The dollar shattered records for the seventh straight day today, even though trading was thin with American markets closed for Lincoln's Birthday. Gold prices gained.
The dollar's strength and the absence of central bank intervention to stop its climb combined to propel the dollar to new trading highs against British, French and Italian currencies and a 13-year European trading high for the West German mark and Dutch guilder.
In trading at mid-morning, one dollar bought: 3.2738 West German marks, up from 3.2675; 2.7855 Swiss francs, down from 2.7870; 9.9945 French francs, up from 9.9545; 3.7065 Dutch guilders, up from 3.6960; 2,011.75 Italian lire, up from 2,004.50, and 1.33845 Canadian dollars, down from 1.33915.
In Tokyo, where trading ends before Europe's business day begins, the dollar started the day by setting a 27-month closing high of 261.80 yen, up from Friday's 260.50. Markets in Japan were closed Monday for a national holiday. Later today in London, the dollar was quoted at 262.27 yen.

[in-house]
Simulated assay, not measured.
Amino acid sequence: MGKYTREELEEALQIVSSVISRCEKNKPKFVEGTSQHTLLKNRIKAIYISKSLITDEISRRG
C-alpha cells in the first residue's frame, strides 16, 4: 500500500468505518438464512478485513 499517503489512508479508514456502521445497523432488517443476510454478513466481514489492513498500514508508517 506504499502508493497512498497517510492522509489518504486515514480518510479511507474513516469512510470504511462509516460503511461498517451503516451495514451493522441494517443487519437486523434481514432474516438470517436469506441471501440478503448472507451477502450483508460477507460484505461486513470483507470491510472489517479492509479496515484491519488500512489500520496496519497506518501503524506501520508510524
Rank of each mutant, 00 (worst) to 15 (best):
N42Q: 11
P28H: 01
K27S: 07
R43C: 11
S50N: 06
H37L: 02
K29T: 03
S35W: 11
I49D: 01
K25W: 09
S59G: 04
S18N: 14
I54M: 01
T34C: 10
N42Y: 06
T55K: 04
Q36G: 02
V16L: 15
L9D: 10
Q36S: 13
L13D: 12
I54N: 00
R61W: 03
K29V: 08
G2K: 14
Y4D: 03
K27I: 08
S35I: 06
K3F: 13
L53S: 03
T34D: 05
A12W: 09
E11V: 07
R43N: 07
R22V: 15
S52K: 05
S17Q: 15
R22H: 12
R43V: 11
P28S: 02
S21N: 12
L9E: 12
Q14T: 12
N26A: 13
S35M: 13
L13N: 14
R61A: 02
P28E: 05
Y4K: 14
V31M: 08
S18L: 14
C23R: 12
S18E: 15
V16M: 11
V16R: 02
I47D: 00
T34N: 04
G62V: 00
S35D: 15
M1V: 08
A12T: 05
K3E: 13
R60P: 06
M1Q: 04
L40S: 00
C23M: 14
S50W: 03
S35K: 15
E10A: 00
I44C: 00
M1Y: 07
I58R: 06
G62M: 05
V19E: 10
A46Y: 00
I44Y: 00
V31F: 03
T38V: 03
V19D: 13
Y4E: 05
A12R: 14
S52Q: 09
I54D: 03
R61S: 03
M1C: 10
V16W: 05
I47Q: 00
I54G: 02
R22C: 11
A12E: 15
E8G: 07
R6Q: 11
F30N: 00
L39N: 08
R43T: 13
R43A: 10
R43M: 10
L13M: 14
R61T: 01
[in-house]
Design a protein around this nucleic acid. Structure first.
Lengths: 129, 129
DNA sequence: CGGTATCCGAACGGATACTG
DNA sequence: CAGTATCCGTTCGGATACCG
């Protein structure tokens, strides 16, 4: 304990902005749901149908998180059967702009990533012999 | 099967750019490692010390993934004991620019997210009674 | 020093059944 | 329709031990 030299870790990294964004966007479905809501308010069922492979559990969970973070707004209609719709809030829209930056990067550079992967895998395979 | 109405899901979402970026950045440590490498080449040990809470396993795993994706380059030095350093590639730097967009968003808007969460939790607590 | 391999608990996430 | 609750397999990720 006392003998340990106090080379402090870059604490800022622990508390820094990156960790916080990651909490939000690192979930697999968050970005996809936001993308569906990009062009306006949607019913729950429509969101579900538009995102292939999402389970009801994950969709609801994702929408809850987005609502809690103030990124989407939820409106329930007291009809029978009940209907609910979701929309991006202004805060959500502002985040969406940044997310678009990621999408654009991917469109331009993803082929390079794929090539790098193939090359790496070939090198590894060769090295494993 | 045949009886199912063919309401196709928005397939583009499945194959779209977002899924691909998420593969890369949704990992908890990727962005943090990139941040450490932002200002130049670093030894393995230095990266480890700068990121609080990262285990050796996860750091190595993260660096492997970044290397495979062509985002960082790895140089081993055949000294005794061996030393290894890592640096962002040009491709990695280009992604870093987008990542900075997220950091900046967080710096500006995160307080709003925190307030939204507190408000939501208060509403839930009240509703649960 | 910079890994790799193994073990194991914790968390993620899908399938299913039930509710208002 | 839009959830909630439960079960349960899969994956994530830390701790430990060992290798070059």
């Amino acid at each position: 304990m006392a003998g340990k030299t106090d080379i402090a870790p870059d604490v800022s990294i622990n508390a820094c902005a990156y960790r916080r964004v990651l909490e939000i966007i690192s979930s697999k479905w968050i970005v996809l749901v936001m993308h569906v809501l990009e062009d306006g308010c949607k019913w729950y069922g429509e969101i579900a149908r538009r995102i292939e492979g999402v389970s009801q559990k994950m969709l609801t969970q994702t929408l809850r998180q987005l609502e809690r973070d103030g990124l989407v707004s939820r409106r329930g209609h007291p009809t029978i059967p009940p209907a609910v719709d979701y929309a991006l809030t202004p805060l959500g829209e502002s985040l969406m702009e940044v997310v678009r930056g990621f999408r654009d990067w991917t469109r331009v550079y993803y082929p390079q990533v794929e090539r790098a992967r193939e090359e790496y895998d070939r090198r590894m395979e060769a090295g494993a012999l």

Gold prices moved higher in quiet trading.
The metal opened in London at a bid price of $303.50 an ounce, compared to late Monday's $299.75. At mid-morning today, the city's five major bullion dealers fixed a recommended price of $303.45.
In Zurich, the bid price was $303.40, up from $299.50 Monday.
Earlier, in Hong Kong, gold rose $2.80 to close at a bid $304.45.
In New York Monday, gold rose $4.10 to close at $304.60.
Silver was quoted in London Tuesday at a bid price of $6.23 an ounce, up from Monday's $6.10.